US households generated about 51 million tons of plastic waste last year, and only 5% of itwas recycled, according to a new report by Greenpeace. After peaking in 2014 at 10%, plastic recycling rates have been slowly declining in the US, especially after China stopped accepting plastic waste from other countries in 2018, and this just isn't sustainable.
No type of plastic packaging in the US meets the definition of recyclable used by the Federal Trade Commission or the Ellen MacArthur Foundation’s New Plastic Economy Initiative, Greenpeace said. An item needs to have a 30% recyclable rate in order to receive the “recyclable” tag -- and the US is not there apparently.
Two of the most common plastics in the US that are usually considered recyclable, PET1 and HDPE2, usually bottles and jugs, fall well below that standard, only achieving rates of 20.9% and 10.3% respectively. For other plastics, the rate is less than 5%.
“More plastic is being produced, and an even smaller percentage of it is being recycled. The crisis just gets worse and worse, and, without drastic change, will continue to worsen as the industry plans to triple plastic production by 2060,” Lisa Ramsden, Senior Plastics Campaigner at Greenpeace USA, said in a press statement.
Growing plastic waste
A recent report by the recent Organization for Economic Co-operation and Development (OECD) found global plastic use and waste will triple by 2060, with around half ending up in landfill and less than a fifth recycled. The report projects global plastic consumption rising from 460 million tons in 2019 to 1.2 million tons in 2060.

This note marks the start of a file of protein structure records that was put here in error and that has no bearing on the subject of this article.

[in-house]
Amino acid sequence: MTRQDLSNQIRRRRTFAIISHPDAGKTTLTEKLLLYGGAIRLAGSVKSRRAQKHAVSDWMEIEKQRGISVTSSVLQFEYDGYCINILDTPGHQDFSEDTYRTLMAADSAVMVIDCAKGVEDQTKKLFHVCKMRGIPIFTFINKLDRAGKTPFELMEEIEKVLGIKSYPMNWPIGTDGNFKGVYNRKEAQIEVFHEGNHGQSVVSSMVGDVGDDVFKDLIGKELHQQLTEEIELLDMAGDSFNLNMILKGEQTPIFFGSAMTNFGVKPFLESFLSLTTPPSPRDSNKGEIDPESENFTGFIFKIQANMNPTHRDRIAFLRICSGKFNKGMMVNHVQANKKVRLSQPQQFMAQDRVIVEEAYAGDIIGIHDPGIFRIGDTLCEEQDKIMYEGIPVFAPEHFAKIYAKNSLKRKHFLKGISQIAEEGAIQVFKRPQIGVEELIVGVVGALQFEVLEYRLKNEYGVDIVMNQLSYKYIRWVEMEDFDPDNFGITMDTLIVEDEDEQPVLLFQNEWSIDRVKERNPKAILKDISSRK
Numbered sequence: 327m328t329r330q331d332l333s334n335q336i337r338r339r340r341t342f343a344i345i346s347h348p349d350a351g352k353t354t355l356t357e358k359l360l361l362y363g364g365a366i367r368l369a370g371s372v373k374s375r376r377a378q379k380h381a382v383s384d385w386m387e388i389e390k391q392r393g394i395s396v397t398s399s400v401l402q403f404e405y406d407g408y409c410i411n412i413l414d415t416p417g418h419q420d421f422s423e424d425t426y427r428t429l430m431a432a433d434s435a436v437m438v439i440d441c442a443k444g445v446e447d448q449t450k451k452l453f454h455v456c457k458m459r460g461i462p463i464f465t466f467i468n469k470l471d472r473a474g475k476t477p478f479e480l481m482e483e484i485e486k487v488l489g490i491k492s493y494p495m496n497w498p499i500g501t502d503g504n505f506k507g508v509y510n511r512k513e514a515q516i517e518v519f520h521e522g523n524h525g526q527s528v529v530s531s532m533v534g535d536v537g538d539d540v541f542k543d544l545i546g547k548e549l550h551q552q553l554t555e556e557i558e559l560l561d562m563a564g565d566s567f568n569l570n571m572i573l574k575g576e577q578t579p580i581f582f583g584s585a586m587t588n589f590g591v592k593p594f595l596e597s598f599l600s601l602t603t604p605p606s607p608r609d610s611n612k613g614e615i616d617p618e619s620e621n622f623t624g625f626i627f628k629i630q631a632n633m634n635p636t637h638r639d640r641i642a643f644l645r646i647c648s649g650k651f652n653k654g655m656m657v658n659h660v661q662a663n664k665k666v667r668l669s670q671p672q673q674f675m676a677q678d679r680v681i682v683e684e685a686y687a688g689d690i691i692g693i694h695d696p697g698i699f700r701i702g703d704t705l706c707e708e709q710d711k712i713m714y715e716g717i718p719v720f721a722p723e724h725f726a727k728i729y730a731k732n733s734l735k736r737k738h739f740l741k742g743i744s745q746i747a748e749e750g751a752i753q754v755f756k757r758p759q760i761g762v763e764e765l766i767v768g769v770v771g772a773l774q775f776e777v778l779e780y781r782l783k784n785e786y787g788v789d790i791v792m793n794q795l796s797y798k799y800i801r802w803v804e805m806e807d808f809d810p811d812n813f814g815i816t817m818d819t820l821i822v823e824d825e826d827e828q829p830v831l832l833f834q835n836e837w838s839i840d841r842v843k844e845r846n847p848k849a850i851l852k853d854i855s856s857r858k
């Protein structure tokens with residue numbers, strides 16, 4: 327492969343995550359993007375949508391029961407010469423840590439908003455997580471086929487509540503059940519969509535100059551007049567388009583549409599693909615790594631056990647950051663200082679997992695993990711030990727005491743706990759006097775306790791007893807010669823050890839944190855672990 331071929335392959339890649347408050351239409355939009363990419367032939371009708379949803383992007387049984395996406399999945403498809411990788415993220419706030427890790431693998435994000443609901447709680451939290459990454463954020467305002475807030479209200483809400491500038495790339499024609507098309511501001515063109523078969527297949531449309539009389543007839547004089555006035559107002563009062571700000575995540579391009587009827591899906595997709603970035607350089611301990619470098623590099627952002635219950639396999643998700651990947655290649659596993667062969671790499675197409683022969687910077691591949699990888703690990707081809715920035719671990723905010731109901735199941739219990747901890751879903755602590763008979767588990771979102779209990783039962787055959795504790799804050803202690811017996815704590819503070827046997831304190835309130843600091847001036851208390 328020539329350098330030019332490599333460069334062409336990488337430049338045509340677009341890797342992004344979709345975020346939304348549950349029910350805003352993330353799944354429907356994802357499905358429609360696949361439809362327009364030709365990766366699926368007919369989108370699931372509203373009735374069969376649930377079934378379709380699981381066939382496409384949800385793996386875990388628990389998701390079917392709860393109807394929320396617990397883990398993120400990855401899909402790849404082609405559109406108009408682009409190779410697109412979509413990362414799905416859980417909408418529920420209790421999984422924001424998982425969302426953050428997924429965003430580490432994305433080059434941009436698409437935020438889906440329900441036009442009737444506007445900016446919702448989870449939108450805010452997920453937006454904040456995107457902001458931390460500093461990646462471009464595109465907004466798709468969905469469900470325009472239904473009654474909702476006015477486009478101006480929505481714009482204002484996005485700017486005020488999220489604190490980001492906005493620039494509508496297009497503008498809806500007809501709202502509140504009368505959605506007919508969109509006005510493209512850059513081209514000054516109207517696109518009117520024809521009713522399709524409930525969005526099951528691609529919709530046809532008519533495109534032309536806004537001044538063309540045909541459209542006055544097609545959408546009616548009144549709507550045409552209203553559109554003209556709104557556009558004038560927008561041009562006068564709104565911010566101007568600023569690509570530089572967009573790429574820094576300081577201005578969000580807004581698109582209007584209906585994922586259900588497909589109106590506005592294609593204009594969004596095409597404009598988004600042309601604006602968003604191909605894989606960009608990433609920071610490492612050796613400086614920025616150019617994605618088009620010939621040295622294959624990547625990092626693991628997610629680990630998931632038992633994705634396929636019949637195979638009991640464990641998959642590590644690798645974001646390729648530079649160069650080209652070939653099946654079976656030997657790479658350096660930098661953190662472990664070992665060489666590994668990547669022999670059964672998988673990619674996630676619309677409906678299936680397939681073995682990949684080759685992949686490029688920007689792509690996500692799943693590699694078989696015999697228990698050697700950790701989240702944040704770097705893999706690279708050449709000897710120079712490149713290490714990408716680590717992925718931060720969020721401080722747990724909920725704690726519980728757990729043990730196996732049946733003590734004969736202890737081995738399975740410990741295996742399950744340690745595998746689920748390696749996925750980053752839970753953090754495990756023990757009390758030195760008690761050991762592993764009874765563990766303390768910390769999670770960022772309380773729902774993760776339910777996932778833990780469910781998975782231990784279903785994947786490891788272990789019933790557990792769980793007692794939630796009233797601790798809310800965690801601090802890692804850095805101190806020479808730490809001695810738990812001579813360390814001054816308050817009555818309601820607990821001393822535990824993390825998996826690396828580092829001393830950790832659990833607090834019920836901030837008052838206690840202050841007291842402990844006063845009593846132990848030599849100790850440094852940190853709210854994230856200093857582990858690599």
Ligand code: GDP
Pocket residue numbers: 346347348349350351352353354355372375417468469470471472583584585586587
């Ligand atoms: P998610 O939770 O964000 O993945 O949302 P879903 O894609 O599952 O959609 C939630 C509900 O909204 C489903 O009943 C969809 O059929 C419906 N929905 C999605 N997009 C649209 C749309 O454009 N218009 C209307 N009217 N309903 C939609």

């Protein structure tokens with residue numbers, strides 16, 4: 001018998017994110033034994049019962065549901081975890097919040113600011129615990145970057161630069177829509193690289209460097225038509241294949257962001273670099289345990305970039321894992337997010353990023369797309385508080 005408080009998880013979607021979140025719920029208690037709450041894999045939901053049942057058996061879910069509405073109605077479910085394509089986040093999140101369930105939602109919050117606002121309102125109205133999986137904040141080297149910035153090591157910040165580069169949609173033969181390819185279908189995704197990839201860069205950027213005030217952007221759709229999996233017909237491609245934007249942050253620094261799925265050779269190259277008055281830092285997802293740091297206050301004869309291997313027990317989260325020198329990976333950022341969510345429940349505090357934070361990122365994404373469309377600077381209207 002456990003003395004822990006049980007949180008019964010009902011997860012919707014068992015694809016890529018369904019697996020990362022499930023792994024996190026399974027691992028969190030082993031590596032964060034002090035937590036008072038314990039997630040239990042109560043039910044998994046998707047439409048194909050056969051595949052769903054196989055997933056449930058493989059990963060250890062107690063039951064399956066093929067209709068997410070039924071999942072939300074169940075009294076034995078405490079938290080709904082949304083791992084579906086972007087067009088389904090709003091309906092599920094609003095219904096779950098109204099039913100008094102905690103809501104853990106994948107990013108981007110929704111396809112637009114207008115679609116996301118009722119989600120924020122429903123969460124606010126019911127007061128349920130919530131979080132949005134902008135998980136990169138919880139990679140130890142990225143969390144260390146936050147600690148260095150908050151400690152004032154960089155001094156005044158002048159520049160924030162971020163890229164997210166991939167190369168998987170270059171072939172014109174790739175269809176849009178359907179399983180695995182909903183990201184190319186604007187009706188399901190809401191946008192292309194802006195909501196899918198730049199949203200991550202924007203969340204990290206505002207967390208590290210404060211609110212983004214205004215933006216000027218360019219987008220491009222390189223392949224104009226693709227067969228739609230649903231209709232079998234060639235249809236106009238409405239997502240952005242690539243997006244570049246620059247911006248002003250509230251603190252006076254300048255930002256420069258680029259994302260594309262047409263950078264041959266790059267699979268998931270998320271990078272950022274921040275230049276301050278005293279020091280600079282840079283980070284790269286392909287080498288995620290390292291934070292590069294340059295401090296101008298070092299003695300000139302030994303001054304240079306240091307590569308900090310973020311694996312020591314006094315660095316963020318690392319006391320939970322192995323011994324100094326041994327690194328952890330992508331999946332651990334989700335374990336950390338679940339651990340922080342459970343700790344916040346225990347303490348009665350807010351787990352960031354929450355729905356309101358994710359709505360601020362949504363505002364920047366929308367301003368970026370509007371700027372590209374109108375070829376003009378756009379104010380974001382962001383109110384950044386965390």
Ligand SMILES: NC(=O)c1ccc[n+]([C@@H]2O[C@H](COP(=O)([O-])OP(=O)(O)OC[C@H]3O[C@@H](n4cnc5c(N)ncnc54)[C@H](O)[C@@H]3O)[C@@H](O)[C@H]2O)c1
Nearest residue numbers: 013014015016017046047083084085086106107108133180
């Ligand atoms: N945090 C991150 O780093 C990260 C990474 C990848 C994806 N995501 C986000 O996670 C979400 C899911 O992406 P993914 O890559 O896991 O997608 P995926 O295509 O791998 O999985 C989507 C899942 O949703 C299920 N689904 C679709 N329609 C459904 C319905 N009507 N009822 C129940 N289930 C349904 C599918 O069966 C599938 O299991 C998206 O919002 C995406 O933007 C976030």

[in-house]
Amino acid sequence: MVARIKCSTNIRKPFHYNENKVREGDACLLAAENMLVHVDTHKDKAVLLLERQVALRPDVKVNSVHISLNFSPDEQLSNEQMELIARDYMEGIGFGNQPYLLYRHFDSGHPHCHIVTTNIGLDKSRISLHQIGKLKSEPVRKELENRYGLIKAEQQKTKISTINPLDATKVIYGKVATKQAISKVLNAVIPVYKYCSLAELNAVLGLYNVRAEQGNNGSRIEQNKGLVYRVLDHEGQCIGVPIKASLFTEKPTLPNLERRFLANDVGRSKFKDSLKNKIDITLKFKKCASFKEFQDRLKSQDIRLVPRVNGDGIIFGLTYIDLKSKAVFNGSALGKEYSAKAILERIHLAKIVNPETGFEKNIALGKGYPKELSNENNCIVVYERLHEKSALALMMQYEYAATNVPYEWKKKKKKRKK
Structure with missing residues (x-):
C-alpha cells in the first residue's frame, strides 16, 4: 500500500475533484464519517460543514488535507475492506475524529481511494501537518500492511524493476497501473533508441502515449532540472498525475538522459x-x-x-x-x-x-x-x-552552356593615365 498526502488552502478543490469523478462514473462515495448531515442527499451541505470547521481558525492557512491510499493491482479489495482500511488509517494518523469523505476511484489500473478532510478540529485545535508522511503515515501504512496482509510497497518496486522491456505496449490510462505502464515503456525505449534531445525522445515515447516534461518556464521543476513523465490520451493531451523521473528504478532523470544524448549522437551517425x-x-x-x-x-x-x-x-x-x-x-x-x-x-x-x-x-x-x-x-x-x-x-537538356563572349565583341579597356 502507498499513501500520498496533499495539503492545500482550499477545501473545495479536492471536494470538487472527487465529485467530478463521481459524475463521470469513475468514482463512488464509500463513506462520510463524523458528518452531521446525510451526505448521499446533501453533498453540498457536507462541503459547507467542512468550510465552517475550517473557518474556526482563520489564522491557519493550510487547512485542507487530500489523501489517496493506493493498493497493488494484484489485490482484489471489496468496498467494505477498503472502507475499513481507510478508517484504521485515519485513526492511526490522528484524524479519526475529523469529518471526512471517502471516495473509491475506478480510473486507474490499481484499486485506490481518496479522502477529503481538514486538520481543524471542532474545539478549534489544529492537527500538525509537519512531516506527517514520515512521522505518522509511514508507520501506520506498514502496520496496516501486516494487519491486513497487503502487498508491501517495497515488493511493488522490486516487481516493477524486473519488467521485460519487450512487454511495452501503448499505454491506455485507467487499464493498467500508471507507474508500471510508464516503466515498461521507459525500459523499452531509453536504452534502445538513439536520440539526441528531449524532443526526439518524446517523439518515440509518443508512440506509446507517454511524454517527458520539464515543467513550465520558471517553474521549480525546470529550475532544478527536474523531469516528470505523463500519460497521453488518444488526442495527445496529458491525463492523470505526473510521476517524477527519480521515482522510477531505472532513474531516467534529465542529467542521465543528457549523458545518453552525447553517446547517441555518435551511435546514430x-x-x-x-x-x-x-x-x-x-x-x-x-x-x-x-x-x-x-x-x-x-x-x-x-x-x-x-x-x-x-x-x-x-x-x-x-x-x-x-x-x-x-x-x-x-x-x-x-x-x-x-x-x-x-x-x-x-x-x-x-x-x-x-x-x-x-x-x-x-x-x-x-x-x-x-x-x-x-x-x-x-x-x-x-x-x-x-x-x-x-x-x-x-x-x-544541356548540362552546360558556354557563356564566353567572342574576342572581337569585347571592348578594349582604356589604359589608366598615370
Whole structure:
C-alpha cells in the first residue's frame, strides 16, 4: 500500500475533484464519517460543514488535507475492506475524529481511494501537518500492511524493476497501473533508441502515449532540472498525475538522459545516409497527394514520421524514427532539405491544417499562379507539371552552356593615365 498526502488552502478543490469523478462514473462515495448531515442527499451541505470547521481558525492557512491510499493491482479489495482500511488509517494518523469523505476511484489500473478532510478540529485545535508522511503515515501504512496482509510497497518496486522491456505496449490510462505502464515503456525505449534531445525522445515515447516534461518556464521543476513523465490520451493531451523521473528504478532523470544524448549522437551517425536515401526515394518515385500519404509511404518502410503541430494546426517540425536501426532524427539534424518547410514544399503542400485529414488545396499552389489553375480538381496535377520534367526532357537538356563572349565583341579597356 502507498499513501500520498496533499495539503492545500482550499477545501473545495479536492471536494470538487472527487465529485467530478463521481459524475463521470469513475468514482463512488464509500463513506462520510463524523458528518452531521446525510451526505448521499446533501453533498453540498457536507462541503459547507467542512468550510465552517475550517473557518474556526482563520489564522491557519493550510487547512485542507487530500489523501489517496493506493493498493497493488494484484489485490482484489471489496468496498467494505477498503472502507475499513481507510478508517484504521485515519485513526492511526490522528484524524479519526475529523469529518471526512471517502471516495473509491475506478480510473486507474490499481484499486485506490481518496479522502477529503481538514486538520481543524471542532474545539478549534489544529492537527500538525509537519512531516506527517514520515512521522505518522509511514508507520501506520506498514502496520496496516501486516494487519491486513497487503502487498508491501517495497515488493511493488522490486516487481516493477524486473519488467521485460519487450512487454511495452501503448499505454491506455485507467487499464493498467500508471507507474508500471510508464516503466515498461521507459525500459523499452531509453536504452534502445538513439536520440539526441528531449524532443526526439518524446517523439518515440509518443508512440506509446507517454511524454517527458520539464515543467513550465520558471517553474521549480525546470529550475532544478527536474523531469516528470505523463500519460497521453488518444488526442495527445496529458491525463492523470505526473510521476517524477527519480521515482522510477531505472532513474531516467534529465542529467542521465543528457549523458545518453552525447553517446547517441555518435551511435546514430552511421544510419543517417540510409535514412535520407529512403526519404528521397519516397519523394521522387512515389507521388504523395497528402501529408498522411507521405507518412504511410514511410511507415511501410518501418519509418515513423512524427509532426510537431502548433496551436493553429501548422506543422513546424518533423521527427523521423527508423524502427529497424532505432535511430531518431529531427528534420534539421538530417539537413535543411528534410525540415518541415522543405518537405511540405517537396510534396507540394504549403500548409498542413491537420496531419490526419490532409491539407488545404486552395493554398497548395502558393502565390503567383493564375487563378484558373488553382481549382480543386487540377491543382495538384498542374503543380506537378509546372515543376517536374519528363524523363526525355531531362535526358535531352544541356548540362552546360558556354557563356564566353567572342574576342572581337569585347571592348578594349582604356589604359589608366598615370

Greenpeace’s report, Circular Claims Fall Flat Again, updated the 2020 survey of 370 recycling plants which found most plastics weren’t widely accepted, and even bottles and jugs weren’t completely recyclable. Not much has changed since then. In fact, the recycling rate in the US is declining as plastic waste increases, the environmental organization said.
According to the report, mechanical and chemical recycling of plastic waste fails because plastic waste is very difficult to collect, virtually impossible to sort for recycling, environmentally harmful to reprocess and not economical to recycle. This is why for Greenpeace the most effective solution is to switch to systems of reuse and refill.
“Corporations like Coca-Cola, PepsiCo, Nestlé, and Unilever have worked with industry front groups to promote plastic recycling as the solution to plastic waste for decades. But the data is clear: practically speaking, most plastic is just not recyclable,” Ramsden said. “We are at a decision point on plastic pollution. It is time for corporations to turn off the plastic tap.”
The report urged companies to take additional steps, including standardized reusable packaging and adopting a Global Plastics Treaty to set up international standards. The treaty is currently being drawn up after countries supported a UN resolution to end plastic pollution. The legally binding agreement on plastics should be up and running by 2024.